To sum it up: Flex development does not have to be more expensive than Laszlo, but it probably will be since serious application developed cannot be done without a good IDE these days.

Flex benefits

As already mentioned, application logic in OpenLaszlo is being written using JavaScript, which is a waay inferior programming language compared to ActionScript3. I know, JS is object-oriented and all but it lacks some very important features, like:

  • Static type-safety
    In ActionScript3, we have static types (except for arrays, but vectors are a good replacement), which means that a compiler can give warning/error messages regarding type incompatibilities before runtime. In JavaScript, this is not possible.
  • Interfaces
    In huge projects, the concept of interfaces is often important. ActionScript3 supports these. JavaScript does not.

I really wished, OpenLaszlo would support a better programming language, like for example Java or C#.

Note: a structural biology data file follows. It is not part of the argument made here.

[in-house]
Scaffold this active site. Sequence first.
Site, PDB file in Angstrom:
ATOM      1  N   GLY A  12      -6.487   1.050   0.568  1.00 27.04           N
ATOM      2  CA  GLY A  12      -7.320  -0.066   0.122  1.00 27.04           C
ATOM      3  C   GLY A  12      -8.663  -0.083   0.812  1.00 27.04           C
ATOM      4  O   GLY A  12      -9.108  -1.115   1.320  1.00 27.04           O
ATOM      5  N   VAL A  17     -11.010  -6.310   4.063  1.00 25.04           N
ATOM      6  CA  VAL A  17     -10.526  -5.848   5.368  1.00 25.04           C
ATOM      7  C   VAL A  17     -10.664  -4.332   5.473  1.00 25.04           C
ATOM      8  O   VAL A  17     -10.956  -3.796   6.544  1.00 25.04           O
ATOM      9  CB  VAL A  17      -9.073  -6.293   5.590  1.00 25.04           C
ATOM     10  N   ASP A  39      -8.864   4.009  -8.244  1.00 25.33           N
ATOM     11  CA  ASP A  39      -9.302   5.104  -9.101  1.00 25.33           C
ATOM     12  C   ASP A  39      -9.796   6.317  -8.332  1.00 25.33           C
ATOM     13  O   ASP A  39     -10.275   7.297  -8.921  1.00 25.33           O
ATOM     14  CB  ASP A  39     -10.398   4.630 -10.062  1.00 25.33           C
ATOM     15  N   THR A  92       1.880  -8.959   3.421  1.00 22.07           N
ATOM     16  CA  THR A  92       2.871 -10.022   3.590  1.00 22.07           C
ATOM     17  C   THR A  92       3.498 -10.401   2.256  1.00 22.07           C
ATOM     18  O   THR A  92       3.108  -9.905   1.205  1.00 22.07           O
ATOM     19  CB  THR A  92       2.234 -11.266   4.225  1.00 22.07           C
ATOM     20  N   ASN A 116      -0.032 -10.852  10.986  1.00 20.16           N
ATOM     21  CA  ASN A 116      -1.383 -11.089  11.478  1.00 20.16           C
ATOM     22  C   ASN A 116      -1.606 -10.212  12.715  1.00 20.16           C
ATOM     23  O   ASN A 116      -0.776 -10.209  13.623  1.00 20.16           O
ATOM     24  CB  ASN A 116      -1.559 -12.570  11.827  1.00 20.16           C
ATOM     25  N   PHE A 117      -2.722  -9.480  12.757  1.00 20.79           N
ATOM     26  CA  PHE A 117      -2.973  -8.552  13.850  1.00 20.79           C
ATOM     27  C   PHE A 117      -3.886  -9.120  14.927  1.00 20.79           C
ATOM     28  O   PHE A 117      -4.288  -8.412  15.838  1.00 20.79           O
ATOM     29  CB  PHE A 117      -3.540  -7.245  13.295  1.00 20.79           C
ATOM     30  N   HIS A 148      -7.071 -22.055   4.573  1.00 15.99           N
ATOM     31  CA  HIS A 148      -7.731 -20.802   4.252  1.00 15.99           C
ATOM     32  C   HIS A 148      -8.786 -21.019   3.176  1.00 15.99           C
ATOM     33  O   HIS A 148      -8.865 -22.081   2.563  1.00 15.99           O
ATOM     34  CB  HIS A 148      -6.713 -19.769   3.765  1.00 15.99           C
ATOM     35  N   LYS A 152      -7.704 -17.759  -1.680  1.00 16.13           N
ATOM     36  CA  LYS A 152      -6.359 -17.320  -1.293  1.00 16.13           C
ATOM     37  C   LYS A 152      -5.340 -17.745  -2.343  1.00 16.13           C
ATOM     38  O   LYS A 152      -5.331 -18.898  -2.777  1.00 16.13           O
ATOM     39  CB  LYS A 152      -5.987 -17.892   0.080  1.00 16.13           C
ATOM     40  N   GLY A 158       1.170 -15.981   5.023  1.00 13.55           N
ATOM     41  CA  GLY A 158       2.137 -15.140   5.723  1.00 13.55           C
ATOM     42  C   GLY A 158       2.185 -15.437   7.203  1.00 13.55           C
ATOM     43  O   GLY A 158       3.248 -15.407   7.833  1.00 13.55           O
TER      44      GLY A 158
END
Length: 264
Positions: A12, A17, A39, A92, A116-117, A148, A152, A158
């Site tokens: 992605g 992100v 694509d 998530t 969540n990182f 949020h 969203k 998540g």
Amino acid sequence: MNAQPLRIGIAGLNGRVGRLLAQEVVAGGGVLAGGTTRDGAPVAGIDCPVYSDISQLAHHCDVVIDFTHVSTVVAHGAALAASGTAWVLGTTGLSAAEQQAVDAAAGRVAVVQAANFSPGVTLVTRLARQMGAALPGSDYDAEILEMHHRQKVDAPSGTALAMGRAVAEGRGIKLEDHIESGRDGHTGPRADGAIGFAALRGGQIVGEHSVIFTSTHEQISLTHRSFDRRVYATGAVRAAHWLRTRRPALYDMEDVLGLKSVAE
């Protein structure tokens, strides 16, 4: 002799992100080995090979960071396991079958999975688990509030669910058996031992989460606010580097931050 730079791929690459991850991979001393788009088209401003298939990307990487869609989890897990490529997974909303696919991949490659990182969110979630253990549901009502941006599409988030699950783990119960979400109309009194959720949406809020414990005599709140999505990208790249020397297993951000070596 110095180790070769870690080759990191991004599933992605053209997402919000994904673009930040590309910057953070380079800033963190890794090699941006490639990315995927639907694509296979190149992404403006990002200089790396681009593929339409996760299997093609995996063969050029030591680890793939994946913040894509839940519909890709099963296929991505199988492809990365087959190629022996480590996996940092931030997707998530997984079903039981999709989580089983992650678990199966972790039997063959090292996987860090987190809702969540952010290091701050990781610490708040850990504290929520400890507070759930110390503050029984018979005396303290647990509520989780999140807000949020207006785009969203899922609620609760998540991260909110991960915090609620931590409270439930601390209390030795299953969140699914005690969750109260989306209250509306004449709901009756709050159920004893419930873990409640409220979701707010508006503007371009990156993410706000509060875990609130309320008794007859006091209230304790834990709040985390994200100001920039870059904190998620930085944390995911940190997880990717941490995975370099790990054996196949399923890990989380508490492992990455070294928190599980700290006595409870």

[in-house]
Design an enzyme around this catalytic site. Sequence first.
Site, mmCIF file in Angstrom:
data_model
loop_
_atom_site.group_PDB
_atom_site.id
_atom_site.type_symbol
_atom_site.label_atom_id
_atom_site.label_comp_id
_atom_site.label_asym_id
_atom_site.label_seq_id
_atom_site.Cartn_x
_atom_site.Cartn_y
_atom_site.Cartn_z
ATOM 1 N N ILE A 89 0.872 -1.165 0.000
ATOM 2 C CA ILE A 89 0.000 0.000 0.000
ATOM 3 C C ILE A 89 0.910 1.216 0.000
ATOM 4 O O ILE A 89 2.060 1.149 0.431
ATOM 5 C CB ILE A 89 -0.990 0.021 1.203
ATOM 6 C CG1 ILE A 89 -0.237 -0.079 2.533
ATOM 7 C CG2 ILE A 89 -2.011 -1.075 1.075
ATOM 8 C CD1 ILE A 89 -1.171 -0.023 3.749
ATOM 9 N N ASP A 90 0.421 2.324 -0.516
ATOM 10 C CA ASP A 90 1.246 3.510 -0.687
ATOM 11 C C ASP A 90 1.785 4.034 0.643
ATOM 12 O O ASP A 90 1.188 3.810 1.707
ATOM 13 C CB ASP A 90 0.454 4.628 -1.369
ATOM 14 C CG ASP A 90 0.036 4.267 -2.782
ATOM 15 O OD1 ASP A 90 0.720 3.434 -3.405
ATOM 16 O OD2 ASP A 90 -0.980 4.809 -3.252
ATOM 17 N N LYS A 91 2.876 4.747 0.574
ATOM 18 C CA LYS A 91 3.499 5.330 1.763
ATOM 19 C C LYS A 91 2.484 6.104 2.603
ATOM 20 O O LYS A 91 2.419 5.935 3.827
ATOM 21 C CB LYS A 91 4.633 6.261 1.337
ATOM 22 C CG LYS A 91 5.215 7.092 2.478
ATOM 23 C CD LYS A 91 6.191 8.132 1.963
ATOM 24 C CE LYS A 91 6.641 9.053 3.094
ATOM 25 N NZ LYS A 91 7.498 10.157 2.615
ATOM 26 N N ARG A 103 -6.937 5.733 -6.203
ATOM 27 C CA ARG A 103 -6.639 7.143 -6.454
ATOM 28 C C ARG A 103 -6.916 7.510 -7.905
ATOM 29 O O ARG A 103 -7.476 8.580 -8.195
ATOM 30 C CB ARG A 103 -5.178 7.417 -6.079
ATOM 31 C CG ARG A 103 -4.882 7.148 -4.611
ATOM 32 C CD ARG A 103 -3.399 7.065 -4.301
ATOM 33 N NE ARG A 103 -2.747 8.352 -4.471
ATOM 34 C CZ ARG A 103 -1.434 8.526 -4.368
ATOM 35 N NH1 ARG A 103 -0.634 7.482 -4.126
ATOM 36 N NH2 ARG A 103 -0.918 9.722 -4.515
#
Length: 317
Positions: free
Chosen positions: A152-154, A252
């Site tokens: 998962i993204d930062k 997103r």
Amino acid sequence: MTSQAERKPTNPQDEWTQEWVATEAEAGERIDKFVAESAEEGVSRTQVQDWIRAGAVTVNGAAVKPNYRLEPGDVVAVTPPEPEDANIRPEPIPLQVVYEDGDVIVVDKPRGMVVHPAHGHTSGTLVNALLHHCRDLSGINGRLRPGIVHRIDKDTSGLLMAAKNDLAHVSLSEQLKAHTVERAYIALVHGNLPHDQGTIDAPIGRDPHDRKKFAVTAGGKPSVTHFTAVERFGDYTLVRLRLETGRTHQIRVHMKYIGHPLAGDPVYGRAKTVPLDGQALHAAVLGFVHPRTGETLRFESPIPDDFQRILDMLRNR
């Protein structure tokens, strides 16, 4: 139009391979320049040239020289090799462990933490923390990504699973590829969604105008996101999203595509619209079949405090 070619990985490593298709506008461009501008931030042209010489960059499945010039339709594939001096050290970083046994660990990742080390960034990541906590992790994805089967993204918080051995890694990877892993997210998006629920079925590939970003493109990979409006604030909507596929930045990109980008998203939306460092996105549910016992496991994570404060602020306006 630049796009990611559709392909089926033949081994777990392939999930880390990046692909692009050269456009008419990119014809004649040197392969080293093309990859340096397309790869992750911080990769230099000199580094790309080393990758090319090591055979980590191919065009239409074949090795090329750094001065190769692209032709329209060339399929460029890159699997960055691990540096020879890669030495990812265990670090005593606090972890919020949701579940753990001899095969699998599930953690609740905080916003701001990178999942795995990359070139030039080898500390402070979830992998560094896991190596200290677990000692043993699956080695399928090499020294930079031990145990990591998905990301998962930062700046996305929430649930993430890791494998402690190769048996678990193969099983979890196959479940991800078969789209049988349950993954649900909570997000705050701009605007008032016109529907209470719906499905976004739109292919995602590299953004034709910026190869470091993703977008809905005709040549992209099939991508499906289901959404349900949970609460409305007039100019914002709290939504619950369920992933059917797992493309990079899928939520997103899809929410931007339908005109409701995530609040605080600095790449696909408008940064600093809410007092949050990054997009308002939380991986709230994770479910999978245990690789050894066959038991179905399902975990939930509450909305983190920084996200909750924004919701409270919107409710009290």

Update: Thanks to P T Withington for the note below:

“OpenLaszlo as of version 4.2 (currently at 4.7) supports extensions to Javascript modelled on Actionscript3. You can create classes and declare interfaces and types just as in as3. When compiling to DHTML, the type declarations are not (currently) enforced, but they are if you compile to Flash.”

OpenLaszlo benefits

Some days ago, a guy called Femery Arnaud from France sent me an email asking why the Flash-compiled versions of Flex are so much bigger than the ones from OpenLaszlo. According to a test made by him, a sample project consisting of a DataGrid, a tree component and an image required 2.5MB on Flex and only 250KB in OL.
To be honest, I didn’t really have a quick and smart answer since I never had a closer look into file-size related issues between both technologies. My guess was that this has something to do with the efficiency of the framework-compilers as well as the complexity and size of the UI component libraries but I couldn’t say for sure.
However, it seems like OpenLaszlo applications require much less space then their Flex-pendants if they are compiled into Flash. This fact should not be disregarded since there are still many users out there with small bandwidth internet connections.

The rise of the underdog